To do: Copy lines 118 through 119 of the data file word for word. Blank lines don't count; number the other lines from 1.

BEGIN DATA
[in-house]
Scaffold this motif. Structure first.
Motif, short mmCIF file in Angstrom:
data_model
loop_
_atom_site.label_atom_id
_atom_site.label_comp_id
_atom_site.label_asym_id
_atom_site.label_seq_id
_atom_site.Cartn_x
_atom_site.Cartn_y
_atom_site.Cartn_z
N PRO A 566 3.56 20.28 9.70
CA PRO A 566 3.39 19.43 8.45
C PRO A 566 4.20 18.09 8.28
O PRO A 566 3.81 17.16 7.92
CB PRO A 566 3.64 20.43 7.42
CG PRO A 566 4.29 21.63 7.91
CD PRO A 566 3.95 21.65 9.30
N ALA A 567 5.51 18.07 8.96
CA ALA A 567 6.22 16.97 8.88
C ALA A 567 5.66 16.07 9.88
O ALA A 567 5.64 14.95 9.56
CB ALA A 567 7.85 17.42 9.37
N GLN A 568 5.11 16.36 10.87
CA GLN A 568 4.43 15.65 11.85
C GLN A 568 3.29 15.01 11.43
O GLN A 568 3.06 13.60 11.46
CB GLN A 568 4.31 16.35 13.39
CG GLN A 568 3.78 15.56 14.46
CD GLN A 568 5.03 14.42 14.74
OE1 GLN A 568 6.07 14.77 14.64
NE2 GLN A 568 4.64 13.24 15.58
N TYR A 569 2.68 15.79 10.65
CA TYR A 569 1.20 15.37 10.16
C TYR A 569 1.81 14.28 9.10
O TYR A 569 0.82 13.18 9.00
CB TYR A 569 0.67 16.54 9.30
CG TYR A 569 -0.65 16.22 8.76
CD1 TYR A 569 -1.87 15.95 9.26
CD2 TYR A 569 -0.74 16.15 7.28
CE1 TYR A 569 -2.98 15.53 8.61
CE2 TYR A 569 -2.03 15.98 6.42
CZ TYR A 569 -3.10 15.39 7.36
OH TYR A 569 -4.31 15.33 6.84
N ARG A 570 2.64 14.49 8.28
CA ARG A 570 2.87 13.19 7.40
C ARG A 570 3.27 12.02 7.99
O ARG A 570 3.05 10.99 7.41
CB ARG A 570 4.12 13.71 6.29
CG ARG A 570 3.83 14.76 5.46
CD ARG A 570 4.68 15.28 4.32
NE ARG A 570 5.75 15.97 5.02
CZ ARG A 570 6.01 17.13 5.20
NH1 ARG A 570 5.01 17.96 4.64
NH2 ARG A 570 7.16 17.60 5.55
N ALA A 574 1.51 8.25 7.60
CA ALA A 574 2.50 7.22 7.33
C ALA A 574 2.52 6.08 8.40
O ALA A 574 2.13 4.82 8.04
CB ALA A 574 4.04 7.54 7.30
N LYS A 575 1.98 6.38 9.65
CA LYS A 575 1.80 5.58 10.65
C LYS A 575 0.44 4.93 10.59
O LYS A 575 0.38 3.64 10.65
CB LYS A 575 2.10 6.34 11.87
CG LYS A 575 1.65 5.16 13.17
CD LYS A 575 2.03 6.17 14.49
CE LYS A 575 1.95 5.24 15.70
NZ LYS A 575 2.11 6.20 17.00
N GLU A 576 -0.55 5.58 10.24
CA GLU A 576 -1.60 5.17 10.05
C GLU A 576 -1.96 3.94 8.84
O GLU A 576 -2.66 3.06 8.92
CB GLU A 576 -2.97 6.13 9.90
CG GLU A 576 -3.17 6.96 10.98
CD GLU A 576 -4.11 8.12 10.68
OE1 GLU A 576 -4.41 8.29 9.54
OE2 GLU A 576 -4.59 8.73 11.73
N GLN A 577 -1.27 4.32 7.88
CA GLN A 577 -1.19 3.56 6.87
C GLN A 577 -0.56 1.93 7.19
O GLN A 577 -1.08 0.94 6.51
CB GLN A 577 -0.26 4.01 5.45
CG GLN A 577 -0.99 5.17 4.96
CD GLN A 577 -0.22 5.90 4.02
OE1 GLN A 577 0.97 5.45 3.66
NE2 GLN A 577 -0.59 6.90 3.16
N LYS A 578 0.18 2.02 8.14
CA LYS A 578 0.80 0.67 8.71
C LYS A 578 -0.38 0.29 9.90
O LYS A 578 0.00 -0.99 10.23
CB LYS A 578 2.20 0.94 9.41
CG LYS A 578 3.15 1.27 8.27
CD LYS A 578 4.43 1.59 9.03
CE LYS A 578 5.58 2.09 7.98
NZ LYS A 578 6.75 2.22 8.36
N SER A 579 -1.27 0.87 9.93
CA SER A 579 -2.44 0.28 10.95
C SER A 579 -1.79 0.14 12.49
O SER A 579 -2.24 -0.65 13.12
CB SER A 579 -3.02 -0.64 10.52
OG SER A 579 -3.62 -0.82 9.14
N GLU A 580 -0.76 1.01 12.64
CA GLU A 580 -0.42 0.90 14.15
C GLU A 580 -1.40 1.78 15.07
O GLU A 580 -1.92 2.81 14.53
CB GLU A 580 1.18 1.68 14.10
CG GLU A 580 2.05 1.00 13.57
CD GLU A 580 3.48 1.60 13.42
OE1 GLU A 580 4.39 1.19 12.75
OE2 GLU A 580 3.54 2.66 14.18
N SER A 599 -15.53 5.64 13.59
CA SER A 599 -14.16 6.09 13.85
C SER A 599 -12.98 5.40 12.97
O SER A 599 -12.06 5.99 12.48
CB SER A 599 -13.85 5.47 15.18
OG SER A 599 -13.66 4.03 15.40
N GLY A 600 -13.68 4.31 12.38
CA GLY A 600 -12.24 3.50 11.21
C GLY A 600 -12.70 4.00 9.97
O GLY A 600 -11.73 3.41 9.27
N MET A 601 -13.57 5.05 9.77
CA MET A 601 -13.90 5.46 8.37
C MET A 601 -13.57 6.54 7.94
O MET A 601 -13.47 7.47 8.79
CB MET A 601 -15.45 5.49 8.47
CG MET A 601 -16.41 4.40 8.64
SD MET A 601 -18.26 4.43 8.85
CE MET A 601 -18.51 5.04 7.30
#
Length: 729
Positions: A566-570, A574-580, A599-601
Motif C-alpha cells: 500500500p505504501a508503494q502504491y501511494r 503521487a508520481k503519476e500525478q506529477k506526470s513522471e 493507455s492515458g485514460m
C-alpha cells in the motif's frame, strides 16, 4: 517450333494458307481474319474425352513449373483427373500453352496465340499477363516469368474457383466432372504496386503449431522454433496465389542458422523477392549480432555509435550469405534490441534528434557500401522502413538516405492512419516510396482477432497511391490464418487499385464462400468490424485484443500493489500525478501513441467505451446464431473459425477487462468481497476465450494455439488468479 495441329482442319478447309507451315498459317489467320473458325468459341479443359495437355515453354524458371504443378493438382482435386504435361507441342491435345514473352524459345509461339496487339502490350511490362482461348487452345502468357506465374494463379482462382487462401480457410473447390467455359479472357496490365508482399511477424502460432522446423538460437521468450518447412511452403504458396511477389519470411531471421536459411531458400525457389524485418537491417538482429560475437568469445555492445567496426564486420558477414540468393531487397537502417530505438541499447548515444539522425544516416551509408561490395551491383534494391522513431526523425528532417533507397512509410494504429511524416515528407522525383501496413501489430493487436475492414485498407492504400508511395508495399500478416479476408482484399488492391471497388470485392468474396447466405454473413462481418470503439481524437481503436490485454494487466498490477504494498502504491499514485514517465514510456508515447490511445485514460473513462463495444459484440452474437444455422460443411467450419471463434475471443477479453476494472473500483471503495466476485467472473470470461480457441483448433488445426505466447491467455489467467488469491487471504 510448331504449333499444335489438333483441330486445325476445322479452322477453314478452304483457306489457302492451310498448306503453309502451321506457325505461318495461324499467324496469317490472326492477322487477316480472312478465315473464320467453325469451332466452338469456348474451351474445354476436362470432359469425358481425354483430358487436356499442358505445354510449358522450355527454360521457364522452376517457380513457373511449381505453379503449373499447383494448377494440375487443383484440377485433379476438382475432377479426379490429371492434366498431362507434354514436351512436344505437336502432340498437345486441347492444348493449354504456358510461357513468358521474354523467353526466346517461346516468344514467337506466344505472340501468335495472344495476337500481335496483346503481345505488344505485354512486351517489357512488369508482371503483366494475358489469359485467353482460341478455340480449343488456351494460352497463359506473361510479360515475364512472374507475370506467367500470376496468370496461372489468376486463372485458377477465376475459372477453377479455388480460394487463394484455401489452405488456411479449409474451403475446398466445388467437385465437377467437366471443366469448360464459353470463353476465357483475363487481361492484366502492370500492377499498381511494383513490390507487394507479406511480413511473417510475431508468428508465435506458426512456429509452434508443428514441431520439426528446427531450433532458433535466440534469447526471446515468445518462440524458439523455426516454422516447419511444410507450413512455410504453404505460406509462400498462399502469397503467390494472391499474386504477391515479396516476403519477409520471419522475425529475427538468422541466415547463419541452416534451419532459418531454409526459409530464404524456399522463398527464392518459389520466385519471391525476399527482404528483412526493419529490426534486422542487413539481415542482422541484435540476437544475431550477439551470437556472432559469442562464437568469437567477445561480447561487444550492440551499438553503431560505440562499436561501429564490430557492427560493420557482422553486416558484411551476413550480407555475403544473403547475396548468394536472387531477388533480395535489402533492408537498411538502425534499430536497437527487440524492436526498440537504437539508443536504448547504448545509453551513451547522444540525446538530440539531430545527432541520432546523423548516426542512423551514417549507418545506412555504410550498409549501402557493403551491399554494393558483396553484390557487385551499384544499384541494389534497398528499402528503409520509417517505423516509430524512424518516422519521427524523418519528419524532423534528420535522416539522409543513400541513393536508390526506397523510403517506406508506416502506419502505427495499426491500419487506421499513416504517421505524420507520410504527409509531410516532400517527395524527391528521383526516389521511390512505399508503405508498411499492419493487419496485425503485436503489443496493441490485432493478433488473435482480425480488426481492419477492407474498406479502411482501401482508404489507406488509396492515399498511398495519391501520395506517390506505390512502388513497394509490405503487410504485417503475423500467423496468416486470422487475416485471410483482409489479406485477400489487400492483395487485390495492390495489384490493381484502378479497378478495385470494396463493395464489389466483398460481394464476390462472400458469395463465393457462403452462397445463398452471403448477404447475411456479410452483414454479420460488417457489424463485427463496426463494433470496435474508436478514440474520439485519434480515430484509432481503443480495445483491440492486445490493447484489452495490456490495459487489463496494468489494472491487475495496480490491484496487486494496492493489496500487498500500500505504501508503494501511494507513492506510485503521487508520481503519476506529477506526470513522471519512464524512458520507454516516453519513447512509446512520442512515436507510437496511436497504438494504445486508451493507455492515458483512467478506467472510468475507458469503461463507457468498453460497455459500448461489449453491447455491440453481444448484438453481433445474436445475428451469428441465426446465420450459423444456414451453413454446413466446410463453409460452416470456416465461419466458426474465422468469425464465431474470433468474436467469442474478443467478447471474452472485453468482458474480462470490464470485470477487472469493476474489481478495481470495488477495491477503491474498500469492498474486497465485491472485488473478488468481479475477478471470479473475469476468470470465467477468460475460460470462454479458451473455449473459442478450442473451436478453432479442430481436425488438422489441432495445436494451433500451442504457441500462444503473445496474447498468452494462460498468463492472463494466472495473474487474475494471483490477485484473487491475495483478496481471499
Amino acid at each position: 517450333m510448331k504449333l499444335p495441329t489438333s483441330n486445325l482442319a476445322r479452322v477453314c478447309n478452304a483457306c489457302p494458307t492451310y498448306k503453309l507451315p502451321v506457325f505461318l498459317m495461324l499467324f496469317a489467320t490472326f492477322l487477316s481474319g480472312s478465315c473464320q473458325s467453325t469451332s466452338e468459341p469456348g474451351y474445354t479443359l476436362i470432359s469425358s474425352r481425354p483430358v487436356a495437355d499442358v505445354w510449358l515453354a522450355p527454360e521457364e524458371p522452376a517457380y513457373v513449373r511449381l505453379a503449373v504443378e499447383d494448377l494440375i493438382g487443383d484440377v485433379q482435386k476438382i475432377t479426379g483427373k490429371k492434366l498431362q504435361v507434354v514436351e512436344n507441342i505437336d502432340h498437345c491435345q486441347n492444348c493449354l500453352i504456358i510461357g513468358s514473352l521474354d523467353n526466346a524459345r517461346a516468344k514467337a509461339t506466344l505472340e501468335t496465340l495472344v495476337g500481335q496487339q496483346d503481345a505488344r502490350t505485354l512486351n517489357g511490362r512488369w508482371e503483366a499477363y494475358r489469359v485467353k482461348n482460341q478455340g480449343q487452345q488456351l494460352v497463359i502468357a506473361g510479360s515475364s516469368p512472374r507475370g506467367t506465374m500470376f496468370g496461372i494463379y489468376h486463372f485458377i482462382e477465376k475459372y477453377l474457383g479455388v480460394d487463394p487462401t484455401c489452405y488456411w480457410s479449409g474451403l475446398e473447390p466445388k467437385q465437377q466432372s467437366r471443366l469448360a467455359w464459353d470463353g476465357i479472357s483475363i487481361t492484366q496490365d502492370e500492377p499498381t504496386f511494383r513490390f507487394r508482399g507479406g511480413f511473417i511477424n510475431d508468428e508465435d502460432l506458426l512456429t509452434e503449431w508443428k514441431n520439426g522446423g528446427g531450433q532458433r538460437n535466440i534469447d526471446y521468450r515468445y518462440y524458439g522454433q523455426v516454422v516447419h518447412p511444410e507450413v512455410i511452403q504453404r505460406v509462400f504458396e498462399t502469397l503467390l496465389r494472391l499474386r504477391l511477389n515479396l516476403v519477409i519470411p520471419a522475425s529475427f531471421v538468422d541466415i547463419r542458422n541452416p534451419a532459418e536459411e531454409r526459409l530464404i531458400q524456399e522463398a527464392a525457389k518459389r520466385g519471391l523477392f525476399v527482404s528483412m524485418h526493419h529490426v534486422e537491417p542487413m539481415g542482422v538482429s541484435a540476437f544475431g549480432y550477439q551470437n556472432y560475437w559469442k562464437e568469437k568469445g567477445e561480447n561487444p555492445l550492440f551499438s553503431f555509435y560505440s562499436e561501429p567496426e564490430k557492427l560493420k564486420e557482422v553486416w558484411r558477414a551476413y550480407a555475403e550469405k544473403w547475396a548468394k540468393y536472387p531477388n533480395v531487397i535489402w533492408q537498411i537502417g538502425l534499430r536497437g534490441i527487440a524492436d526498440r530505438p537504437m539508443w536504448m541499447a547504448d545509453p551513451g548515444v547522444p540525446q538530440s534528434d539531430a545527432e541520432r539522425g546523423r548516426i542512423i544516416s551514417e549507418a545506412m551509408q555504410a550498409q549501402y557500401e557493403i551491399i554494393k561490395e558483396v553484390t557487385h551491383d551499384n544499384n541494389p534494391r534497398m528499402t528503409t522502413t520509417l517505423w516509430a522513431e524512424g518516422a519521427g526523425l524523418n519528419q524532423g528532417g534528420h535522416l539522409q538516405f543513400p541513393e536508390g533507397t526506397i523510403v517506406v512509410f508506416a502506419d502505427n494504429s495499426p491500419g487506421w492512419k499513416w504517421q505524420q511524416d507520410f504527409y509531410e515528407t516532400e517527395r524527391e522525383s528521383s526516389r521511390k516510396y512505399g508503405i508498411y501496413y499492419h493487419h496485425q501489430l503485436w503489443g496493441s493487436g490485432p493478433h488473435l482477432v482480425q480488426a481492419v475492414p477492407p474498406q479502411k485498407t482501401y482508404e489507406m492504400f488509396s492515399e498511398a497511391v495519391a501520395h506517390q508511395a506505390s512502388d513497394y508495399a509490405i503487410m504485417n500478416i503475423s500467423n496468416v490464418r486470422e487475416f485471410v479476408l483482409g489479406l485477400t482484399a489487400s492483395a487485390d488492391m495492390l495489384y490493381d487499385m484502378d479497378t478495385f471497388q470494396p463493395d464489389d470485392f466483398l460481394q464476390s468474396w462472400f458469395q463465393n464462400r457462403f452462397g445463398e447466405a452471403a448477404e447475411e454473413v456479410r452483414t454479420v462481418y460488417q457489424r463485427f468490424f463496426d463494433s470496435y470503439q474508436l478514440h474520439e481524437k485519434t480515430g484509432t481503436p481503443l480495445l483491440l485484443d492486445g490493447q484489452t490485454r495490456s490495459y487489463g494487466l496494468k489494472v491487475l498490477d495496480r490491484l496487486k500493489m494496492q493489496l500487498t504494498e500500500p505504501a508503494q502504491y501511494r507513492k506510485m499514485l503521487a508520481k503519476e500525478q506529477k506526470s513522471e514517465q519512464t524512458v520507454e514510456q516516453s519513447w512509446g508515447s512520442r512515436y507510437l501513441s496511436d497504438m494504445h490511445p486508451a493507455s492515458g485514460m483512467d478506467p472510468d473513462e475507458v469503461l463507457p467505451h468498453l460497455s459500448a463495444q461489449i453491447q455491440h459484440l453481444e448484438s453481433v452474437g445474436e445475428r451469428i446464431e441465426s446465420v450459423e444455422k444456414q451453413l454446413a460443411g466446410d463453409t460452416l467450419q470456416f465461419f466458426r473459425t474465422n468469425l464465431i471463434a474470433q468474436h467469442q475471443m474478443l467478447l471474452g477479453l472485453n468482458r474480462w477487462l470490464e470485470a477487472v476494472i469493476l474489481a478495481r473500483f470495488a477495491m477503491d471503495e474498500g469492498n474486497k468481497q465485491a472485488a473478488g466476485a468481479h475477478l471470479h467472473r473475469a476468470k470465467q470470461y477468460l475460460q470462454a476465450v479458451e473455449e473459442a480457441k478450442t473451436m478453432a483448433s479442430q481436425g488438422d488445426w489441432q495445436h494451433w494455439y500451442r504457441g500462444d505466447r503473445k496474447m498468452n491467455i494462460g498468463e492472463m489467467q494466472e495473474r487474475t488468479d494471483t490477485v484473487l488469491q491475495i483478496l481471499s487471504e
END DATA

OG SER A 599 -13.66 4.03 15.40
N GLY A 600 -13.68 4.31 12.38